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Keychange Charity Rose Lawn Care Home Outstanding

All reports

Inspection report

Date of Inspection: 23, 27 May 2014
Date of Publication: 21 June 2014
Inspection Report published 21 June 2014 PDF

People should be cared for in a clean environment and protected from the risk of infection (outcome 8)

Meeting this standard

We checked that people who use this service

  • Providers of services comply with the requirements of regulation 12, with regard to the Code of Practice for health and adult social care on the prevention and control of infections and related guidance.

How this check was done

We looked at the personal care or treatment records of people who use the service, carried out a visit on 23 May 2014 and 27 May 2014, observed how people were being cared for and checked how people were cared for at each stage of their treatment and care. We talked with people who use the service, talked with carers and / or family members, talked with staff and reviewed information given to us by the provider.

Our judgement

People were protected from the risk of infection because appropriate guidance had been followed.

People were cared for in a clean, hygienic environment.

Reasons for our judgement

At our previous inspection we made a judgement that people were not cared for in a clean, hygienic environment. Following the inspection the provider wrote to us detailing in an action plan the arrangements that would be put in to place to rectify our concerns.

At this inspection we found that improvements had been made and the home had systems in place to ensure people living at the home, staff and visitors were protected from the risk of infection.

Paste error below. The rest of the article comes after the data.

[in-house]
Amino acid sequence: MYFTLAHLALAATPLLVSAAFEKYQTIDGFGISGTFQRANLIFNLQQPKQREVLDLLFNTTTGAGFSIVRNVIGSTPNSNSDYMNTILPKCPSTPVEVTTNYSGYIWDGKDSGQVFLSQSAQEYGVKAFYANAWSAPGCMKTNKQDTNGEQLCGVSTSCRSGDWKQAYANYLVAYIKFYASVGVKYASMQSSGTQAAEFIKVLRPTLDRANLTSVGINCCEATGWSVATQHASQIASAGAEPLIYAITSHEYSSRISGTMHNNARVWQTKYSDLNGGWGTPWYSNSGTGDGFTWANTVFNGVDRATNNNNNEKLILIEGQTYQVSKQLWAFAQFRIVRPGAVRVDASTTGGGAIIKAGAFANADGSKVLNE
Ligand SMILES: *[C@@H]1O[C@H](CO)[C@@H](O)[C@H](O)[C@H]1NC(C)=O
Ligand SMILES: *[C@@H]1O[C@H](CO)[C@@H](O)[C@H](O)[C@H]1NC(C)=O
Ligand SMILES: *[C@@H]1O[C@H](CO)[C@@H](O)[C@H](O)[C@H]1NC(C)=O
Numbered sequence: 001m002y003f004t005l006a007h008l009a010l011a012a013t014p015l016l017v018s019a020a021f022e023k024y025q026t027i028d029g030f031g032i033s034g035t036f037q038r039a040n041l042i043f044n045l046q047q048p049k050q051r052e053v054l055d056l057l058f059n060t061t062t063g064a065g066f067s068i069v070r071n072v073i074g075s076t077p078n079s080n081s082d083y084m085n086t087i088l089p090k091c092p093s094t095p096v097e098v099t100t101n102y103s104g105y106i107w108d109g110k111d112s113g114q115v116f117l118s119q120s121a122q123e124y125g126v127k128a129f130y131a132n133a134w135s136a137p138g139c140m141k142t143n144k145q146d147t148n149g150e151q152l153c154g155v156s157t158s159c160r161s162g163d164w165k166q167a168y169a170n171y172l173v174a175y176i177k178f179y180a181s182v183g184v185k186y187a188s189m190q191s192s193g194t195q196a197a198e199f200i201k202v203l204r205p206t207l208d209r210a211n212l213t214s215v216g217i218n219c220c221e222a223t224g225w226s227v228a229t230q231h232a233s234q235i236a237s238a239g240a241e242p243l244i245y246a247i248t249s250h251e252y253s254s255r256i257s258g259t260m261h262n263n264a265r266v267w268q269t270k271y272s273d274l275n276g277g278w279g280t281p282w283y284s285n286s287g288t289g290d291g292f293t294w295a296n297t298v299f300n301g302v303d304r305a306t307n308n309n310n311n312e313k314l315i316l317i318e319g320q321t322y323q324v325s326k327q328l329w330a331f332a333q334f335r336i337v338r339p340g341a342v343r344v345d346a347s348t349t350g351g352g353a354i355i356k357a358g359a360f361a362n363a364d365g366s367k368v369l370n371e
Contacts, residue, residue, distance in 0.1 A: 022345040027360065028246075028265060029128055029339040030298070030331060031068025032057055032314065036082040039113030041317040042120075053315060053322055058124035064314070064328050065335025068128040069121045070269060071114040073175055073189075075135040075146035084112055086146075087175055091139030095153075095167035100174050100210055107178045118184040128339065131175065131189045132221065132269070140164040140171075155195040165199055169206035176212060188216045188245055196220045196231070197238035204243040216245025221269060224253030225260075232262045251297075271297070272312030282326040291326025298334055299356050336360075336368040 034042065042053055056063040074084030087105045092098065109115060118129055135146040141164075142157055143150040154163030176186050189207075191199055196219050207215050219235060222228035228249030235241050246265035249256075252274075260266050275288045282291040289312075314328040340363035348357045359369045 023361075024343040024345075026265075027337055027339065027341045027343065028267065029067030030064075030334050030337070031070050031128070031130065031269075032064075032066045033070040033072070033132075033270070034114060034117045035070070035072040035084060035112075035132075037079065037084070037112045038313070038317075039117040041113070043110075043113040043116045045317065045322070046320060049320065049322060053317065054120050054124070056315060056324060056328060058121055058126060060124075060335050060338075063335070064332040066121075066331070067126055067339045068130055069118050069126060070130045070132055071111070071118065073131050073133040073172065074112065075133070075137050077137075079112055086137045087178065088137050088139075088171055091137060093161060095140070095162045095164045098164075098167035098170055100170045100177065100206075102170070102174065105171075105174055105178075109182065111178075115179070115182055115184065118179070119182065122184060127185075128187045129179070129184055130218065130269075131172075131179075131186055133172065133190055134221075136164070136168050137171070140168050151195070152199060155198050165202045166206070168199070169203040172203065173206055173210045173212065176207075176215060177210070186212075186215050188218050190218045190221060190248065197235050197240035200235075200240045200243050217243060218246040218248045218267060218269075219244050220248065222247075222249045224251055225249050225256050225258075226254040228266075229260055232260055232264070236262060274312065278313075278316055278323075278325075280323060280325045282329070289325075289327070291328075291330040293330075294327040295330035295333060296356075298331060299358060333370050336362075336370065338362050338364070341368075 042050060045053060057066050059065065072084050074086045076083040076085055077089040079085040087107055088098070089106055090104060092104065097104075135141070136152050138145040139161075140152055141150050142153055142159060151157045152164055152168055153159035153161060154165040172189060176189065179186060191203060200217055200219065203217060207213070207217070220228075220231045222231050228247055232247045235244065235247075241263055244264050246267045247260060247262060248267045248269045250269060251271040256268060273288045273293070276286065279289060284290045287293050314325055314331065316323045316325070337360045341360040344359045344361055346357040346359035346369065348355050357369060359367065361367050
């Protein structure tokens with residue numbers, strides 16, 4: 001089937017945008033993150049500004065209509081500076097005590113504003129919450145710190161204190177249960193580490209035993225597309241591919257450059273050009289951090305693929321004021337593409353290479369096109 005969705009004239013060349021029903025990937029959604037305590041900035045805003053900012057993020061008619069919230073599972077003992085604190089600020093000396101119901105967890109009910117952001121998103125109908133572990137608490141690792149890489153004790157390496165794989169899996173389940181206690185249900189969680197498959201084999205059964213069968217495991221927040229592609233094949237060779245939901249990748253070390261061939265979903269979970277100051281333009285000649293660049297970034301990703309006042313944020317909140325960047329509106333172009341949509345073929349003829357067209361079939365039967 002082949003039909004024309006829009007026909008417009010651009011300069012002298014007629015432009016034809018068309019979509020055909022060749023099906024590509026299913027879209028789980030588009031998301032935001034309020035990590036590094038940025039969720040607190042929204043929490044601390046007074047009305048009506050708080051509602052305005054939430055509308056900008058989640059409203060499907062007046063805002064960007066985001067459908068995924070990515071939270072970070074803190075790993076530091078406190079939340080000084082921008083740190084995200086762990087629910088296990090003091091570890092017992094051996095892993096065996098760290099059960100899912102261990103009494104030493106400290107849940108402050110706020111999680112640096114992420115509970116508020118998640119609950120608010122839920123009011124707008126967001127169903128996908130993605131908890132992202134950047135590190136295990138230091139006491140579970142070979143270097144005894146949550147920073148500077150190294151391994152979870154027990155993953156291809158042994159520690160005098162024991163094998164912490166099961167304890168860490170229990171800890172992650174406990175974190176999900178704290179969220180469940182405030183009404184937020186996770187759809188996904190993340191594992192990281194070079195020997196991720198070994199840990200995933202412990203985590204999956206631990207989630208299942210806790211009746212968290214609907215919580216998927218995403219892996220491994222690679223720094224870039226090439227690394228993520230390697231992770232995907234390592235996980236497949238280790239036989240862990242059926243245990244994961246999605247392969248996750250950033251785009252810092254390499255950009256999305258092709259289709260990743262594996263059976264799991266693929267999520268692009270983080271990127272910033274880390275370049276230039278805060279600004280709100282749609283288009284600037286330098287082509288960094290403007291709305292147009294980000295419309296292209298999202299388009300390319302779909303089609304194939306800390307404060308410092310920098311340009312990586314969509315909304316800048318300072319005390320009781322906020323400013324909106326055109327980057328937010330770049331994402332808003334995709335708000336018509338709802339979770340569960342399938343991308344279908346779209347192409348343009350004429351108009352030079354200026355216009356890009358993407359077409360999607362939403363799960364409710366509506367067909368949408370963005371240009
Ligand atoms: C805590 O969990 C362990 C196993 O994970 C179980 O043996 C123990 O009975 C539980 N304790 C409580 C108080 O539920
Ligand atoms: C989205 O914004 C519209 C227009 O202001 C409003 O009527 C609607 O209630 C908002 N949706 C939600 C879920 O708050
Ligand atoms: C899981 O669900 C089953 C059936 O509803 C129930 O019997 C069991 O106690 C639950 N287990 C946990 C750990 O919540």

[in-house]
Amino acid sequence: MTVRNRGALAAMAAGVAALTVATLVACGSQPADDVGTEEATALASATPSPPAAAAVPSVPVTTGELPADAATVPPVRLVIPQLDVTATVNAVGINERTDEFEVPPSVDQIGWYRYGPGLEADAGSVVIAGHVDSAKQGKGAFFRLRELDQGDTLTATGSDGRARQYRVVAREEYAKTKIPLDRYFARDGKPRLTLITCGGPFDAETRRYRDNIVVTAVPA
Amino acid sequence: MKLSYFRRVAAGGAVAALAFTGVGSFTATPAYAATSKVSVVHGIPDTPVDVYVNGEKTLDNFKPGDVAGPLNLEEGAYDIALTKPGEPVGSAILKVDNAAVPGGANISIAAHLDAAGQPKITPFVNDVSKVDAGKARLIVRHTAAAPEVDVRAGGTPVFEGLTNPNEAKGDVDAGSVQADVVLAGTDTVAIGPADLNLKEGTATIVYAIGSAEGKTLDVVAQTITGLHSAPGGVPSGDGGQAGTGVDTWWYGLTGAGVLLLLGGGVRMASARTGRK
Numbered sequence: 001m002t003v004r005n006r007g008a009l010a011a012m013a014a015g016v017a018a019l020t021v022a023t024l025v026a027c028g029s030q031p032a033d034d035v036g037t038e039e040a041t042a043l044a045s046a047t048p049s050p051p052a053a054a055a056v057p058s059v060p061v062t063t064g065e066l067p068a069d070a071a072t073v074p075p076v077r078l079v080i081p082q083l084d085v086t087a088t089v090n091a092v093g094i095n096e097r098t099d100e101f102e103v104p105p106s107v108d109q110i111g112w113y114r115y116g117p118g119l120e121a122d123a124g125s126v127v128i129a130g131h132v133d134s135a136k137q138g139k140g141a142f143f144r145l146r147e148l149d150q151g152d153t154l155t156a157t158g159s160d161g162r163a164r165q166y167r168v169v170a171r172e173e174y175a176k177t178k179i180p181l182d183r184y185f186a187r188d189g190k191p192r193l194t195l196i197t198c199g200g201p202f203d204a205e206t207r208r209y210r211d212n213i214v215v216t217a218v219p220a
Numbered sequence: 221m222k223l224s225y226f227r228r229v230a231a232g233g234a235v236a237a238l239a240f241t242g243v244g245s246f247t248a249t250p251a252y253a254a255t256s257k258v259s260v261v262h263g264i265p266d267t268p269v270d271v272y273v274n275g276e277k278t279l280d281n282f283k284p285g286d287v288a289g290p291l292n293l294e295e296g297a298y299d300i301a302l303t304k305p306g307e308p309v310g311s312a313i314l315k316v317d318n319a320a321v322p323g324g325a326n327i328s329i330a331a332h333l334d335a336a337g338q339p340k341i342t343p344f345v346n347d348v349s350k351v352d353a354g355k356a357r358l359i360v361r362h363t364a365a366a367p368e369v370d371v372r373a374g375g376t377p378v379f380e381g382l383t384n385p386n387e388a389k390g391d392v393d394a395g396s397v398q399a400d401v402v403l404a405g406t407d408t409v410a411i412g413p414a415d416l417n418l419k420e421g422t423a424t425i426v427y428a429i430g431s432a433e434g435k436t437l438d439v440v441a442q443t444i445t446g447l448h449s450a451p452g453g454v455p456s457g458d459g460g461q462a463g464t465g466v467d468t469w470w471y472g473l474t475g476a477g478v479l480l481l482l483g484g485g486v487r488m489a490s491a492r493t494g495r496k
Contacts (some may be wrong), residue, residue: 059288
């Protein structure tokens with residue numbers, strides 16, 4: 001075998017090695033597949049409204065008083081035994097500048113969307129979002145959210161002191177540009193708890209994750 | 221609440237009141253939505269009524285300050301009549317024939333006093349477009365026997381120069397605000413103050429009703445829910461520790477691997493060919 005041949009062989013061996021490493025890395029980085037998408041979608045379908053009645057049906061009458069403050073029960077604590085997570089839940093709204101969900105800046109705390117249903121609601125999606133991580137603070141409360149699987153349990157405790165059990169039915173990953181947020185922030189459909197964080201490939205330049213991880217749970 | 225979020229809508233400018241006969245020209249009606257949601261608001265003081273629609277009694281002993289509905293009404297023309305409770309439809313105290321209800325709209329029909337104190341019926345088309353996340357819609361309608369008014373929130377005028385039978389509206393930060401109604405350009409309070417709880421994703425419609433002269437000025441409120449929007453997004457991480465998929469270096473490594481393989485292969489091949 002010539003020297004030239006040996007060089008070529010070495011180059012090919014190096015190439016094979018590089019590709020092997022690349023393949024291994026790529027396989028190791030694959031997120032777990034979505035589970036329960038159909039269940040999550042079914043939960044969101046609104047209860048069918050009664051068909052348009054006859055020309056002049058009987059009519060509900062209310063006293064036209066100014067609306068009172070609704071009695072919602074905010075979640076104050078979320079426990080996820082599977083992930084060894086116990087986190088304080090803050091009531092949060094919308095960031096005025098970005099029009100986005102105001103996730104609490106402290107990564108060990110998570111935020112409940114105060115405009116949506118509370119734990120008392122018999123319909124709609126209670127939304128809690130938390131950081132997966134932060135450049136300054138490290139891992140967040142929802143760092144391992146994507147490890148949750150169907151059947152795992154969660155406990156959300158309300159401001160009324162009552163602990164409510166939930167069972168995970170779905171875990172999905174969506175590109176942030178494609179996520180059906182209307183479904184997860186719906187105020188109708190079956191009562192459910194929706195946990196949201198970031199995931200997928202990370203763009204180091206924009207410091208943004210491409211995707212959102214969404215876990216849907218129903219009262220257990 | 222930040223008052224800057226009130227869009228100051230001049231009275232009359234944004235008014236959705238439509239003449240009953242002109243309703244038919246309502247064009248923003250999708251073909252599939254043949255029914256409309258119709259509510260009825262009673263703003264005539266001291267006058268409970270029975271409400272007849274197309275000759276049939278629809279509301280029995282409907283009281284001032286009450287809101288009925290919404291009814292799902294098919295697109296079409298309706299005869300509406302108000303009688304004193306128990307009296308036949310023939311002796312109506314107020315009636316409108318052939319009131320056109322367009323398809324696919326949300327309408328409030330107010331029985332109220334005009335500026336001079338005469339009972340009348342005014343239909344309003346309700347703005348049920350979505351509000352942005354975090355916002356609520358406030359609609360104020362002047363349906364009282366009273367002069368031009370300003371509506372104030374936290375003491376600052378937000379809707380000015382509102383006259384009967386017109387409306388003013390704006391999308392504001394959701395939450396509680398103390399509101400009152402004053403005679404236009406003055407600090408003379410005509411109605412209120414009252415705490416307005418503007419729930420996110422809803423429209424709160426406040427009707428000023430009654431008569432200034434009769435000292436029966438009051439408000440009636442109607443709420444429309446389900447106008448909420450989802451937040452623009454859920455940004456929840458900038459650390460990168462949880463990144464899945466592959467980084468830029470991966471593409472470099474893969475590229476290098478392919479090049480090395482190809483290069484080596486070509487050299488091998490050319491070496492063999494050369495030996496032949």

We were taken on a tour of the building by the deputy manager. We saw that there were now star locks on the laundry room, boiler room, sluice rooms and cleaning cupboard and these rooms were all locked. We were told that staff were asked to sign each morning for a set of keys which they returned at the end of their shifts. This meant the home protected people from accessing areas of the home that may put them at risk of injury.

The deputy manager told us that the sluice had been replaced and an additional sluice installed on the ground floor since we last visited. Staff confirmed to us that the sluice was in working order.

We found the home felt very welcoming and was clean and free from odours. We looked at the laundry and saw that this area was regularly used and was kept orderly tidy and clean. The home had employed a designated laundry assistant and replaced a worn ironing board.

We looked at the kitchen area. We found it was clean and tidy and that an improved cleaning schedule for the kitchen assistant and chef had been put into place. We saw that cleaning schedules were consistently signed to show the cleaning was completed. Senior staff told us they regularly checked the cleaning schedules had been completed, however these checks were not documented.

A person living at the home told us “They keep it nice and clean here” and a visitor said “It is lovely here they keep it beautifully clean”.

In December 2013 the home had been inspected by the food standards agency and were awarded a food hygiene rating of five stars, the highest rating. We saw records of the visit which recommended other improvements such as cleaning of the skirting boards in the dry food area. The chef told us these were now regularly steam cleaned. This showed the home had made further hygiene improvements on the kitchen.

We looked at the chemicals held at the home in the designated cleaning and chemical room. We saw that the chemicals were organised in an orderly fashion. We saw that the COSSH folder that gives information about the chemical contents of cleaning items held in the carer’s office contained the relevant data sheets to chemicals used at the home. The provider may find it useful to note that the data sheets would benefit from being filed in order to prevent delays in accessing the relevant data.